setting up batch ingestion from hadoop

The docs seems to indicate that I can run a single overlord process for small data loads, for example on the batch ingestion doc page it only shows an overlord being started. Is this correct?

Also, let’s say I have my data stored by hour in HDFS, something like this:

hdfs://ingest/some_data_source/2015091406/*.json

The docs seem to indicate that I can use inputSpec of type “granularity” to point to a custom path on HDFS. Something like this?

“ioConfig”: {

“type”: “hadoop”,

“inputSpec”: {

“type”: “granularity”,

“inputPath”: “/ingest/some_data_source”,

“filePattern”: “*.json”,

“pathFormat”: “‘dt’=yyyyMMddHH”,

“dataGranularity”: ???

}

}

I’m not really sure what to set dataGranularity to above, because the docs indicate it’s an object, but there is no documentation on what that object format is. The only hint I have is that "hour means to expect directories y=XXXX/m=XX/d=XX/H=XX".

Am I on the right track, and if so, what to put for dataGranularity?

Also I assume the inputPath is expected to be an HDFS path, but the examples show it without the hdfs://host:port/ prefix. Is that an oversight in the docs or is the name node host and port configured somewhere else?

One more question:

Is it possible in the granularitySpec to specify an interval that does not match the segmentGranularity? For example:

granularitySpec: {

type: “uniform”,

segmentGranularity: “HOUR”,

queryGranularity: “NONE”,

interval: “2015-09-15/P1D”

}

Somewhat related, is it possible to provide an interval that is only a duration where start time is implicit? E.g.

granularitySpec: {

interval: “PT1H”

}

So I think I have a few answers from browsing the code.

The dataGranularity is an enum and can have values like “SECOND”, “MINUTE”, “FIFTEEN_MINUTE”, “HOUR”, …

It appears that the Granularity enum can have a formatter specified, and in particular there is a hive formatter that is pretty close to what I want:

But it’s not possible to actually set it from the druid code:

https://github.com/druid-io/druid/blob/master/indexing-hadoop/src/main/java/io/druid/indexer/path/GranularityPathSpec.java#L143

So the only option is to set pathFormat if I don’t like the default.

Inline.

The docs seems to indicate that I can run a single overlord process for small data loads, for example on the batch ingestion doc page it only shows an overlord being started. Is this correct?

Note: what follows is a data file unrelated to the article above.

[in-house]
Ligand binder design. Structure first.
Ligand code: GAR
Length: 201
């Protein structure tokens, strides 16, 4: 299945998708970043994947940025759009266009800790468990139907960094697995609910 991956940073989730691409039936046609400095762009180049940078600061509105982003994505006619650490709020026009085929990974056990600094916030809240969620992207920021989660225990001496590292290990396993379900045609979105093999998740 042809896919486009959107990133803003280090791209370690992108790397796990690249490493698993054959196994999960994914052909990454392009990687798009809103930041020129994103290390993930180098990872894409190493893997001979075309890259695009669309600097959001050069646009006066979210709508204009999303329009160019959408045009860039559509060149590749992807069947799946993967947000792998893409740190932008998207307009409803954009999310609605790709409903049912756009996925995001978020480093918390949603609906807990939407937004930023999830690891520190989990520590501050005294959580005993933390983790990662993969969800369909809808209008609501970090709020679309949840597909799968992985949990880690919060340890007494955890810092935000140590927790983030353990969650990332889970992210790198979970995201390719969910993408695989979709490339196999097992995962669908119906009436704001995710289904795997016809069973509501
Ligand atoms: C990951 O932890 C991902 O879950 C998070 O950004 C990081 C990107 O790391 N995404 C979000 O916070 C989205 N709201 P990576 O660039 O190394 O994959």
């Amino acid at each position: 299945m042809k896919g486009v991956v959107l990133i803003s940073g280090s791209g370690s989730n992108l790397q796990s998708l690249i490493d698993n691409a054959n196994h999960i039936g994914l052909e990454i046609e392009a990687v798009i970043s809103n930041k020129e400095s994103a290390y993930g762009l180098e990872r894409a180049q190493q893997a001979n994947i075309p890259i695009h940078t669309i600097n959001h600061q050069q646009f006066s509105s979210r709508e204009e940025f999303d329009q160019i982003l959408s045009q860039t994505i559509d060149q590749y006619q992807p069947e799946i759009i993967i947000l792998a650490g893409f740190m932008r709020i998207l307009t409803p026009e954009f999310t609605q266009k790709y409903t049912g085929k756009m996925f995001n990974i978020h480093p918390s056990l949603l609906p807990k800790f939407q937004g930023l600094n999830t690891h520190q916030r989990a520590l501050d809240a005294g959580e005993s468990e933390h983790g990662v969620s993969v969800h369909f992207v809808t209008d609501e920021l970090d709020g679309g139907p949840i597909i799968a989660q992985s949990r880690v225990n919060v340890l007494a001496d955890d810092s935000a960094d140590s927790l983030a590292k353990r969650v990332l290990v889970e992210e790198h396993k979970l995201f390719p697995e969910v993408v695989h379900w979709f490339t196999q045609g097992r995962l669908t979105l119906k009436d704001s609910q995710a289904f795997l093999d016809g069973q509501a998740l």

The overlord acts as a driver for Hadoop based batch ingestion and kicks off a job to a remote hadoop cluster so you can use a single overlord in local mode for Hadoop batch ingestion.

Also, let’s say I have my data stored by hour in HDFS, something like this:

hdfs://ingest/some_data_source/2015091406/*.json

The docs seem to indicate that I can use inputSpec of type “granularity” to point to a custom path on HDFS. Something like this?

“ioConfig”: {

“type”: “hadoop”,

“inputSpec”: {

“type”: “granularity”,

“inputPath”: “/ingest/some_data_source”,

“filePattern”: “*.json”,

“pathFormat”: “‘dt’=yyyyMMddHH”,

“dataGranularity”: ???

}

}

If you have data in a pre-defined directory structure and you have raw data stored in per hourly buckets, you can use “HOUR” as the granularity. If the raw data is in daily folders, you can “DAY”.

Yes, you can have an interval in the granularity spec. It does not have to exactly match segment intervals.

So I think I have a few answers from browsing the code.

The dataGranularity is an enum and can have values like “SECOND”, “MINUTE”, “FIFTEEN_MINUTE”, “HOUR”, …

It appears that the Granularity enum can have a formatter specified, and in particular there is a hive formatter that is pretty close to what I want:

https://github.com/metamx/java-util/blob/master/src/main/java/com/metamx/common/Granularity.java#L300

But it’s not possible to actually set it from the druid code:

https://github.com/druid-io/druid/blob/master/indexing-hadoop/src/main/java/io/druid/indexer/path/GranularityPathSpec.java#L143

So the only option is to set pathFormat if I don’t like the default.

Yeah. You can also extend the codebase with other options as well

Hi,
Thanks for the replies. So just one clarification:

“The overlord acts as a driver for Hadoop based batch ingestion and kicks off a job to a remote hadoop cluster so you can use a single overlord in local mode for Hadoop batch ingestion.”

So even in my production environment, given that I have a hadoop cluster that can do the batch indexing, I should be able to forgo the middle-managers and simply run one overlord + my hadoop cluster? I.e. the overlord is simply submitting the real work to hadoop and also providing a basic console to see job statuses?

And the middle managers are more for if I have a druid setup without hadoop?

This all makes sense to me, but I just wanted to be sure my understanding is correct.

Inline.

Hi,
Thanks for the replies. So just one clarification:

“The overlord acts as a driver for Hadoop based batch ingestion and kicks off a job to a remote hadoop cluster so you can use a single overlord in local mode for Hadoop batch ingestion.”

So even in my production environment, given that I have a hadoop cluster that can do the batch indexing, I should be able to forgo the middle-managers and simply run one overlord + my hadoop cluster? I.e. the overlord is simply submitting the real work to hadoop and also providing a basic console to see job statuses?

Yes. If you don’t need realtime ingestion, you can simply use the overlord as a driver to start your Hadoop ingestion job. The Hadoop cluster does all the real work.

And the middle managers are more for if I have a druid setup without hadoop?

They are mainly used for doing realtime ingestion.